By Erik Wasson - 06/05/12 03:16 PM EDT
Republicans on the House Appropriations Committee on Tuesday unveiled two spending bills that target funding for President Obama’s Wall Street reform law.
The 2013 Financial Services bill contains a provision that would make the new Consumer Financial Protection Bureau (CFPB), created by the Dodd-Frank law, subject to the appropriations process starting in fiscal year 2014, rather that allowing it to receive money from the Federal Reserve.
The 2013 Agriculture bill, meanwhile, provides $128 million less in funding than the Obama administration said would be necessary for the Commodity Futures Tradition Commission (CFTC) to carry out Dodd-Frank.
Rep. Barney Frank (D-Mass.), sponsor of the financial reform bill, blasted the funding bills.
"The Republican appropriations bills defining spending levels for agencies in charge of critical financial regulations is a declaration of unilateral surrender to the forces of irresponsibility that wrecked our economy several years ago and, as we have seen from recent events, might be poised to do it again," he said in a statement.
"The fact that the Republican Party is lavishing money on weapons systems that the Pentagon does not want while reducing the necessary funds for the regulation of derivatives, is a textbook example of terrible priorities," Frank added.
Appropriations Committee Ranking Member Rep. Norm Dicks (D-Wash.) cited the recent multi-billion trading loss at JPMorgan in arguing for funds for financial regulators.
“The CFTC recently announced that it would be using its new authority under Dodd-Frank Act for the very first time, to investigate the record trading loss at JPMorgan. This investigation is a timely example of why the law was necessary and why the Act should be fully funded,” he said.
“After reneging on the bipartisan Budget Control Act, Republican leadership decided to reserve the very worst austerity for the last few discretionary appropriations bills. We are now beginning to see the harsh details of Ryan Budget austerity for domestic priorities in [fiscal year] 2013,” said Dicks.
The House Agriculture bill is $1.38 billion below the Senate’s bill, which is being constructed along the lines of last August’s debt-ceiling deal. The differences in funding mean Congress will have a major fight on its hands as it tries to complete spending bills for the next fiscal year.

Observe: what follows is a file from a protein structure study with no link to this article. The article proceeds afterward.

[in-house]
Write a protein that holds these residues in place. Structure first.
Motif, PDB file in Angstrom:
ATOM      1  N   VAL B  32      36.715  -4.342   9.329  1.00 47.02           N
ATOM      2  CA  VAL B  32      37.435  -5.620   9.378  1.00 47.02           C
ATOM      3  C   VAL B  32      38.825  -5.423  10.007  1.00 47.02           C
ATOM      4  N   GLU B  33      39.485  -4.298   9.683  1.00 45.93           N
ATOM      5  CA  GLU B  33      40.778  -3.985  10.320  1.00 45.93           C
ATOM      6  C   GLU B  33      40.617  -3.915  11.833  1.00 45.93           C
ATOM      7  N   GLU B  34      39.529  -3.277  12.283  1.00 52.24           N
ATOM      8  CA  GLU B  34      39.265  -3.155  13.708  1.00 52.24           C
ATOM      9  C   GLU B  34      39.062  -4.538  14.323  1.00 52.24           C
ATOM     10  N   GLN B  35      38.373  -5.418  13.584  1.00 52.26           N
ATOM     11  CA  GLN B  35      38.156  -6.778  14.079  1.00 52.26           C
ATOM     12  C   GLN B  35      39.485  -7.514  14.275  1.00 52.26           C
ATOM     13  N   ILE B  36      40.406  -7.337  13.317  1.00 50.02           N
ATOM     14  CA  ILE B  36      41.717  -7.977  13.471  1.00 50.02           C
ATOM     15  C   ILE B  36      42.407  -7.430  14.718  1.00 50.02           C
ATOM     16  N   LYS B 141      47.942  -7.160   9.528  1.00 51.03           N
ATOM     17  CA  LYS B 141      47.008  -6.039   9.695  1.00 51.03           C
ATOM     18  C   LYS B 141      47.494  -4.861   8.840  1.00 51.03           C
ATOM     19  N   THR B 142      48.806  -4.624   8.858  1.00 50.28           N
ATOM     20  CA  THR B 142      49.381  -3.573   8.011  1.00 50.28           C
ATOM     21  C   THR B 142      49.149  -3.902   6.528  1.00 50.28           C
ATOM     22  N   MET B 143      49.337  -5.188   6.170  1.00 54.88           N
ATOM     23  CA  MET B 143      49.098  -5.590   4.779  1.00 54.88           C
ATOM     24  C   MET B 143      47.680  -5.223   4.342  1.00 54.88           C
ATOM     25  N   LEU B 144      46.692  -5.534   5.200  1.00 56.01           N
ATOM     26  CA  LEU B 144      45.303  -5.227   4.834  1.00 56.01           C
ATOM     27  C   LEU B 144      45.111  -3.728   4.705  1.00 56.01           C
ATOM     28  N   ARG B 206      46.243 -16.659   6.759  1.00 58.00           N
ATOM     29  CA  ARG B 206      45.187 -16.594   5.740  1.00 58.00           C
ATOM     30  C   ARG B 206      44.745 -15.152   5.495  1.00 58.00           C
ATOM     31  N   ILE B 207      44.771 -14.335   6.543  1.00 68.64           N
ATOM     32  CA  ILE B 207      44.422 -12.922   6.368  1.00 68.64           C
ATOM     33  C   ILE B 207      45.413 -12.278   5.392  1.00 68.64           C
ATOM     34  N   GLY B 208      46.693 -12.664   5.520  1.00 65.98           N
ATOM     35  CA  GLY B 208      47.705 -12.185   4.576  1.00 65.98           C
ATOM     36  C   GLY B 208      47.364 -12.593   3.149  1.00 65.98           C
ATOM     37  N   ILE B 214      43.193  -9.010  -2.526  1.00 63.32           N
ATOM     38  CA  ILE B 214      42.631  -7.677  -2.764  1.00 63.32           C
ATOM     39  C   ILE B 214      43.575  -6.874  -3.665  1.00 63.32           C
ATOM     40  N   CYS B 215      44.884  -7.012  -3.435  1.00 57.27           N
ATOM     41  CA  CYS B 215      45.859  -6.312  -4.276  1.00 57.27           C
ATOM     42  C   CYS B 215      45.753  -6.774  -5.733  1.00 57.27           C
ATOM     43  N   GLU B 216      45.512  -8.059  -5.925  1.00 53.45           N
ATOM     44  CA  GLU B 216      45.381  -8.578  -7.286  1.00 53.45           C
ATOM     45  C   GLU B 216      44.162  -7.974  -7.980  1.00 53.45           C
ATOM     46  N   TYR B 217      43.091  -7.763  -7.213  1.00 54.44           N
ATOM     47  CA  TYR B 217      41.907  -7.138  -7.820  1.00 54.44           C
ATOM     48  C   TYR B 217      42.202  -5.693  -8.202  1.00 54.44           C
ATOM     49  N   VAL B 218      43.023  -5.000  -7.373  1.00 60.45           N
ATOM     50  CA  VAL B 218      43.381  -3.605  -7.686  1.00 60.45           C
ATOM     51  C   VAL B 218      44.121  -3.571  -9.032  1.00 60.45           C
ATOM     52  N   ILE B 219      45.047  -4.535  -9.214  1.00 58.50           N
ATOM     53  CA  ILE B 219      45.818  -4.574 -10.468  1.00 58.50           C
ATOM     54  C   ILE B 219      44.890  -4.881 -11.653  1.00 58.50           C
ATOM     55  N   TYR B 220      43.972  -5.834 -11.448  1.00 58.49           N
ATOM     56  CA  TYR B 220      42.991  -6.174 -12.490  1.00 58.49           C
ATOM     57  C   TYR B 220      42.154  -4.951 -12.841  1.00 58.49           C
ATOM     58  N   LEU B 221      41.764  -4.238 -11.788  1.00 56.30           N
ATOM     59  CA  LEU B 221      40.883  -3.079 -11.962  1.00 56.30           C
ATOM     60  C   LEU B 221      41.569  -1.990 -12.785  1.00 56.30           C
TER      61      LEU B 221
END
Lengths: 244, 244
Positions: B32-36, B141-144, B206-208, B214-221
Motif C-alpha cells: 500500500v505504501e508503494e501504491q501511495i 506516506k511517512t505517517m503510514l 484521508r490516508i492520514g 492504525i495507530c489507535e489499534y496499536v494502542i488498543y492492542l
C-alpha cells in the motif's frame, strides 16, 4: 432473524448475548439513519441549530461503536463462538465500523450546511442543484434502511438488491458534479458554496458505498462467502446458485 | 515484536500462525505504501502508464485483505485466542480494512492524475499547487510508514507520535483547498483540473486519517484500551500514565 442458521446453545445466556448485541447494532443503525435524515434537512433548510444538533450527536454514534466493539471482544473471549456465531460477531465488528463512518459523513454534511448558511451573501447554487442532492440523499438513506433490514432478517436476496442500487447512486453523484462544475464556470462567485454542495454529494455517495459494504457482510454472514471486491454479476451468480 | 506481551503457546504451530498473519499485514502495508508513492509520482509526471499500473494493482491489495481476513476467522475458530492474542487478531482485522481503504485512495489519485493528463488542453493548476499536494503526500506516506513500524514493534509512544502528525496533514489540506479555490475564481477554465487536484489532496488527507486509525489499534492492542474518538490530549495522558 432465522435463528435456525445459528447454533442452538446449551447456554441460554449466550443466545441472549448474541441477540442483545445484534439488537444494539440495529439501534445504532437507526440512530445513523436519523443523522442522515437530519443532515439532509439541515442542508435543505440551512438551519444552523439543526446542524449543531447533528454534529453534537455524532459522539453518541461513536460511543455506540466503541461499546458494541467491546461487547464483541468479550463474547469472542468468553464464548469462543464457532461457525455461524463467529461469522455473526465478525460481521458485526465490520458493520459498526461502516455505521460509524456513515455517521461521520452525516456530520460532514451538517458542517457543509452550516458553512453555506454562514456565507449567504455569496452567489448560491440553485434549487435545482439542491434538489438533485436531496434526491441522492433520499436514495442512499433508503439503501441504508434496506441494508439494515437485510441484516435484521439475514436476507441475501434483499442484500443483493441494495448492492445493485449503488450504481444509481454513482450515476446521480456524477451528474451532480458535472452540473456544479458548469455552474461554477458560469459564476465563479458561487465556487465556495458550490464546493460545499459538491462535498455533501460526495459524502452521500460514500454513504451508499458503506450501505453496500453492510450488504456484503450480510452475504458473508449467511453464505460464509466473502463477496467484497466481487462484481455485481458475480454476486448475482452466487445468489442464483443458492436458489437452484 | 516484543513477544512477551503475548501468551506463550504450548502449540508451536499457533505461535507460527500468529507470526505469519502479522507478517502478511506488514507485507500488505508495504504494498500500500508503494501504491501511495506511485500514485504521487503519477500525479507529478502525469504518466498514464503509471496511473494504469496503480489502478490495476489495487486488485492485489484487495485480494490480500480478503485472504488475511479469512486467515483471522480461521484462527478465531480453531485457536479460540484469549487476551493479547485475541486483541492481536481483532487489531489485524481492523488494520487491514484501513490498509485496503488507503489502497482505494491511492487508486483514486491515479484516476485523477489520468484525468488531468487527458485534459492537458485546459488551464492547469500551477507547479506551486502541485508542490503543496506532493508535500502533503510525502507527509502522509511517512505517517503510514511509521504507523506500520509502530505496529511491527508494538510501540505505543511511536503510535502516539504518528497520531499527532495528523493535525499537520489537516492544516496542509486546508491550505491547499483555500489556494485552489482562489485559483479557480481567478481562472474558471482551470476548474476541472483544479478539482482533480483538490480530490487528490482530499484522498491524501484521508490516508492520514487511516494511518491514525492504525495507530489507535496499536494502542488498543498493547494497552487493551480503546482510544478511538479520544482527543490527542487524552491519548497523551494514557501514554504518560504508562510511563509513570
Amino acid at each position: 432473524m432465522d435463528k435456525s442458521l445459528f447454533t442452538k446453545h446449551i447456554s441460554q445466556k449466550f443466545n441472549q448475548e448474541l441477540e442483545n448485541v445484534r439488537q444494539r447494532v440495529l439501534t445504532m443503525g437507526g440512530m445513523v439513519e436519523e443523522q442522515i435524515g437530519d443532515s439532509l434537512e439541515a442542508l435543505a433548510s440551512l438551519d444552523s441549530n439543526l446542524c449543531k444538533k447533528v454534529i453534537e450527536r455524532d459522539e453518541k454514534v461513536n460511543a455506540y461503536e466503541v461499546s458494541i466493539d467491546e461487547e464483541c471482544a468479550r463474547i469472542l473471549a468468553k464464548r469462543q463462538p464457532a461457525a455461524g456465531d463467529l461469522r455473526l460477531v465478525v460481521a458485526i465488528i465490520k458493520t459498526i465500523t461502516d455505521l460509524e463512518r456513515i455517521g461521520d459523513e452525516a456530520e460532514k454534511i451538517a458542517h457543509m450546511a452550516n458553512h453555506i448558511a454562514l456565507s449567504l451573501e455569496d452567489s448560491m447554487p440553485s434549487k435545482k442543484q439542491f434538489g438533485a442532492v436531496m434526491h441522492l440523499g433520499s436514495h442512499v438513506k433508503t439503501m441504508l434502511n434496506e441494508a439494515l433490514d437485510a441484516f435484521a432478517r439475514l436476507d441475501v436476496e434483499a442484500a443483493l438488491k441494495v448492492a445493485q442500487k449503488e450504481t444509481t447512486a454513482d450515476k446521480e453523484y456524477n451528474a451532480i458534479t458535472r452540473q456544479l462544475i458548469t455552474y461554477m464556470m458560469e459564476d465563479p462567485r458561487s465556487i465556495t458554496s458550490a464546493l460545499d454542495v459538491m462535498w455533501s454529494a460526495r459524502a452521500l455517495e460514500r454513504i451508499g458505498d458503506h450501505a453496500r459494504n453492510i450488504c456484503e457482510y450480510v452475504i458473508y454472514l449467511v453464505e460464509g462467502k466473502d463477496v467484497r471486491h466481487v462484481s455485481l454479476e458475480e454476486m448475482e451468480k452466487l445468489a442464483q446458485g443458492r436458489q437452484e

Overall, the Agriculture spending bill contains $19.4 billion in discretionary funds, a cut of $365 million below last year.
The Women Infants and Children nutrition program gets $303.5 million more than last year, but Democrats are angry that the Commodity Supplemental Food Program gets $14 million less than Obama was seeking.
“This bill cuts the Commodity Supplemental Food Program $14 million below the budget request and would mean that 43,000, mostly elderly participants, would not receive needed food packages. Needless to say, Democrats will once again defend nutrition programs from irresponsible cuts,” Dicks said.
The Food and Drug Administration, which is implementing tougher inspection requirements, is also cut $16.3 million.
The Financial Services bill has $21.15 billion in funding for its agencies, $376 million below last year’s level and $2 billion below the President’s request.
The bill forbids any IRS spending on President Obama’s healthcare reform. It contains $945 million less for tax collection than President Obama requested, which Democrats say will result in reduced IRS staff and lost tax revenue.
"This funding level would make another round of buyouts necessary. This cut would reduce revenue and increase the deficit by $4 billion per year, costing much more in out-years than it saves," Dicks said.
The legislation also maintains restrictions that forbid the District of Columbia from spending money on abortions and prevents federal funds from being used on needle exchanges or medical marijuana in DC.
This story was updated at 4:50 p.m.